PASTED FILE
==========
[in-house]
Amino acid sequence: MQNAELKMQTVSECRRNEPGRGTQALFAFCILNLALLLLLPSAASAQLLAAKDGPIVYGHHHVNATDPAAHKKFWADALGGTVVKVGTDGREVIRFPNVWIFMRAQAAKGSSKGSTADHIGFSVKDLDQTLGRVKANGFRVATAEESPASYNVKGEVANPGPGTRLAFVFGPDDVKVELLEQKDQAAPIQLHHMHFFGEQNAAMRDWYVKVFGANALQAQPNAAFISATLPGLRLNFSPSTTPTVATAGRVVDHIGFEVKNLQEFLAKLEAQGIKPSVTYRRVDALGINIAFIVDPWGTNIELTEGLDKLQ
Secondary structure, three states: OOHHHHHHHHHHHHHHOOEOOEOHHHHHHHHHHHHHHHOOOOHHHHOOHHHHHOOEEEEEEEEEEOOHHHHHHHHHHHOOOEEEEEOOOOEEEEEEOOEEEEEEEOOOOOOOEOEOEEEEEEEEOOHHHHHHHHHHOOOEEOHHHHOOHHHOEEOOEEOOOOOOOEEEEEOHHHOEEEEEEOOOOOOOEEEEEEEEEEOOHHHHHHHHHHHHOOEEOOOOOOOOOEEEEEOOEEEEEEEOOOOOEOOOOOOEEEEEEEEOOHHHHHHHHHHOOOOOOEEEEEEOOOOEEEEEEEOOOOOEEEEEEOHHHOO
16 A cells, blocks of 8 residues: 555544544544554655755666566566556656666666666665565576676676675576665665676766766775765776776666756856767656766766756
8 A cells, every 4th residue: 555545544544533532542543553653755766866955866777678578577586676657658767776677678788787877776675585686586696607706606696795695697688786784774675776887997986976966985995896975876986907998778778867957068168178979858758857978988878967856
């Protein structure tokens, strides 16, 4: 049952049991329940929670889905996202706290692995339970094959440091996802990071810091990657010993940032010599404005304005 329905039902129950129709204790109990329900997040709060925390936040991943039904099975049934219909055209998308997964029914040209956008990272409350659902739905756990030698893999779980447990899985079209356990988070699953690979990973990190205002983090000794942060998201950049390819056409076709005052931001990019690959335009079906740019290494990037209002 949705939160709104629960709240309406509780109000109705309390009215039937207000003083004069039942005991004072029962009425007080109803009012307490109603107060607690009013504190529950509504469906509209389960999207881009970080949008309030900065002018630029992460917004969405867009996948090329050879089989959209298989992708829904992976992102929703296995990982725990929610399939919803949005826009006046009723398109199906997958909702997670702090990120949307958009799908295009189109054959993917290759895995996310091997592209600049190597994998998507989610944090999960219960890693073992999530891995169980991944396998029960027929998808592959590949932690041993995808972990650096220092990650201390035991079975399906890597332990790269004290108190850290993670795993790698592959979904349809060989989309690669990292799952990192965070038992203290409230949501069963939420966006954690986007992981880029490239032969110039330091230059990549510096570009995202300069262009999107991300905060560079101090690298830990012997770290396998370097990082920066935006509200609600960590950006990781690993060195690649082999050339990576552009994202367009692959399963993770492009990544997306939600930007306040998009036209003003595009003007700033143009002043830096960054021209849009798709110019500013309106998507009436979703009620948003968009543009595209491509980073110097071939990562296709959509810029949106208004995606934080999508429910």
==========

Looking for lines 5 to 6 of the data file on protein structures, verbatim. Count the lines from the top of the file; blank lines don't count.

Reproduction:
8 A cells, every 4th residue: 555545544544533532542543553653755766866955866777678578577586676657658767776677678788787877776675585686586696607706606696795695697688786784774675776887997986976966985995896975876986907998778778867957068168178979858758857978988878967856
């Protein structure tokens, strides 16, 4: 049952049991329940929670889905996202706290692995339970094959440091996802990071810091990657010993940032010599404005304005 329905039902129950129709204790109990329900997040709060925390936040991943039904099975049934219909055209998308997964029914040209956008990272409350659902739905756990030698893999779980447990899985079209356990988070699953690979990973990190205002983090000794942060998201950049390819056409076709005052931001990019690959335009079906740019290494990037209002 949705939160709104629960709240309406509780109000109705309390009215039937207000003083004069039942005991004072029962009425007080109803009012307490109603107060607690009013504190529950509504469906509209389960999207881009970080949008309030900065002018630029992460917004969405867009996948090329050879089989959209298989992708829904992976992102929703296995990982725990929610399939919803949005826009006046009723398109199906997958909702997670702090990120949307958009799908295009189109054959993917290759895995996310091997592209600049190597994998998507989610944090999960219960890693073992999530891995169980991944396998029960027929998808592959590949932690041993995808972990650096220092990650201390035991079975399906890597332990790269004290108190850290993670795993790698592959979904349809060989989309690669990292799952990192965070038992203290409230949501069963939420966006954690986007992981880029490239032969110039330091230059990549510096570009995202300069262009999107991300905060560079101090690298830990012997770290396998370097990082920066935006509200609600960590950006990781690993060195690649082999050339990576552009994202367009692959399963993770492009990544997306939600930007306040998009036209003003595009003007700033143009002043830096960054021209849009798709110019500013309106998507009436979703009620948003968009543009595209491509980073110097071939990562296709959509810029949106208004995606934080999508429910």